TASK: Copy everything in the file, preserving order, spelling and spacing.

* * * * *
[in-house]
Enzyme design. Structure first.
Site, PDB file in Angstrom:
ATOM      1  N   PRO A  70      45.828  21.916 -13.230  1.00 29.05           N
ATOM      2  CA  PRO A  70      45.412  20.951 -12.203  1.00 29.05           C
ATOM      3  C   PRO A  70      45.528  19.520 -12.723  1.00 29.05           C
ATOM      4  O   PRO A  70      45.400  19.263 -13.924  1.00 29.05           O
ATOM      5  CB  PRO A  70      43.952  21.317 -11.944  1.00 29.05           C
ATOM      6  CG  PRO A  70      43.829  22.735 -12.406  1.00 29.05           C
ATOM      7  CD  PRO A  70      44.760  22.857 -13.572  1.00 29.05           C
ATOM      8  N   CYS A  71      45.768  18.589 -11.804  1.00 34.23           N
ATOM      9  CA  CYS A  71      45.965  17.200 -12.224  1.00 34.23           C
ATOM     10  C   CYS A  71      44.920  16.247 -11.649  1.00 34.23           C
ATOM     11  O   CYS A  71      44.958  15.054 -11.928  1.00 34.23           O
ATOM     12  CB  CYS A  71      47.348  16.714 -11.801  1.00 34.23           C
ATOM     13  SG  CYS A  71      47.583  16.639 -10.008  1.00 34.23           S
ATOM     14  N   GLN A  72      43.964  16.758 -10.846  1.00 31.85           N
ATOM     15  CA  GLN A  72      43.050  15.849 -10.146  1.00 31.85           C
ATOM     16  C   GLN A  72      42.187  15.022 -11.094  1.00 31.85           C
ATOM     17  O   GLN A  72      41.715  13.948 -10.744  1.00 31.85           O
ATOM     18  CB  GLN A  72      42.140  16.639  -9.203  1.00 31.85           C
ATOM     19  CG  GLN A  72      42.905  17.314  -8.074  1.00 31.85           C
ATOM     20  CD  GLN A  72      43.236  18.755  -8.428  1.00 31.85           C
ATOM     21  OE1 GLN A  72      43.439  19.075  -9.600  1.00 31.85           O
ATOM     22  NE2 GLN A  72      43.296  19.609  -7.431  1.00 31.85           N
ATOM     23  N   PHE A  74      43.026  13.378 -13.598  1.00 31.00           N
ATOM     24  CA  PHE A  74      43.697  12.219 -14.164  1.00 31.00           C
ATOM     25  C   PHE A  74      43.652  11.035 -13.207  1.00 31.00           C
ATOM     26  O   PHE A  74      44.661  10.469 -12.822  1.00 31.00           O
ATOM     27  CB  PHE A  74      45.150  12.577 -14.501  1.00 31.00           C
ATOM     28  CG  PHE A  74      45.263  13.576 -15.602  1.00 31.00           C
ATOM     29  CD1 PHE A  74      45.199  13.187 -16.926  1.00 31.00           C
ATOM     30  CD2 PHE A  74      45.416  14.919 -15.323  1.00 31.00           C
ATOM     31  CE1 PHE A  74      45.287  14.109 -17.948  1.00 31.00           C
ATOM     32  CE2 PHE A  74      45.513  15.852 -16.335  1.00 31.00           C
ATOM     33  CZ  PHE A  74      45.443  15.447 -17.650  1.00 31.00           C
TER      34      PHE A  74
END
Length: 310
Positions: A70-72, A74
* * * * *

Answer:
[in-house]
Enzyme design. Structure first.
Site, PDB file in Angstrom:
ATOM      1  N   PRO A  70      45.828  21.916 -13.230  1.00 29.05           N
ATOM      2  CA  PRO A  70      45.412  20.951 -12.203  1.00 29.05           C
ATOM      3  C   PRO A  70      45.528  19.520 -12.723  1.00 29.05           C
ATOM      4  O   PRO A  70      45.400  19.263 -13.924  1.00 29.05           O
ATOM      5  CB  PRO A  70      43.952  21.317 -11.944  1.00 29.05           C
ATOM      6  CG  PRO A  70      43.829  22.735 -12.406  1.00 29.05           C
ATOM      7  CD  PRO A  70      44.760  22.857 -13.572  1.00 29.05           C
ATOM      8  N   CYS A  71      45.768  18.589 -11.804  1.00 34.23           N
ATOM      9  CA  CYS A  71      45.965  17.200 -12.224  1.00 34.23           C
ATOM     10  C   CYS A  71      44.920  16.247 -11.649  1.00 34.23           C
ATOM     11  O   CYS A  71      44.958  15.054 -11.928  1.00 34.23           O
ATOM     12  CB  CYS A  71      47.348  16.714 -11.801  1.00 34.23           C
ATOM     13  SG  CYS A  71      47.583  16.639 -10.008  1.00 34.23           S
ATOM     14  N   GLN A  72      43.964  16.758 -10.846  1.00 31.85           N
ATOM     15  CA  GLN A  72      43.050  15.849 -10.146  1.00 31.85           C
ATOM     16  C   GLN A  72      42.187  15.022 -11.094  1.00 31.85           C
ATOM     17  O   GLN A  72      41.715  13.948 -10.744  1.00 31.85           O
ATOM     18  CB  GLN A  72      42.140  16.639  -9.203  1.00 31.85           C
ATOM     19  CG  GLN A  72      42.905  17.314  -8.074  1.00 31.85           C
ATOM     20  CD  GLN A  72      43.236  18.755  -8.428  1.00 31.85           C
ATOM     21  OE1 GLN A  72      43.439  19.075  -9.600  1.00 31.85           O
ATOM     22  NE2 GLN A  72      43.296  19.609  -7.431  1.00 31.85           N
ATOM     23  N   PHE A  74      43.026  13.378 -13.598  1.00 31.00           N
ATOM     24  CA  PHE A  74      43.697  12.219 -14.164  1.00 31.00           C
ATOM     25  C   PHE A  74      43.652  11.035 -13.207  1.00 31.00           C
ATOM     26  O   PHE A  74      44.661  10.469 -12.822  1.00 31.00           O
ATOM     27  CB  PHE A  74      45.150  12.577 -14.501  1.00 31.00           C
ATOM     28  CG  PHE A  74      45.263  13.576 -15.602  1.00 31.00           C
ATOM     29  CD1 PHE A  74      45.199  13.187 -16.926  1.00 31.00           C
ATOM     30  CD2 PHE A  74      45.416  14.919 -15.323  1.00 31.00           C
ATOM     31  CE1 PHE A  74      45.287  14.109 -17.948  1.00 31.00           C
ATOM     32  CE2 PHE A  74      45.513  15.852 -16.335  1.00 31.00           C
ATOM     33  CZ  PHE A  74      45.443  15.447 -17.650  1.00 31.00           C
TER      34      PHE A  74
END
Length: 310
Positions: A70-72, A74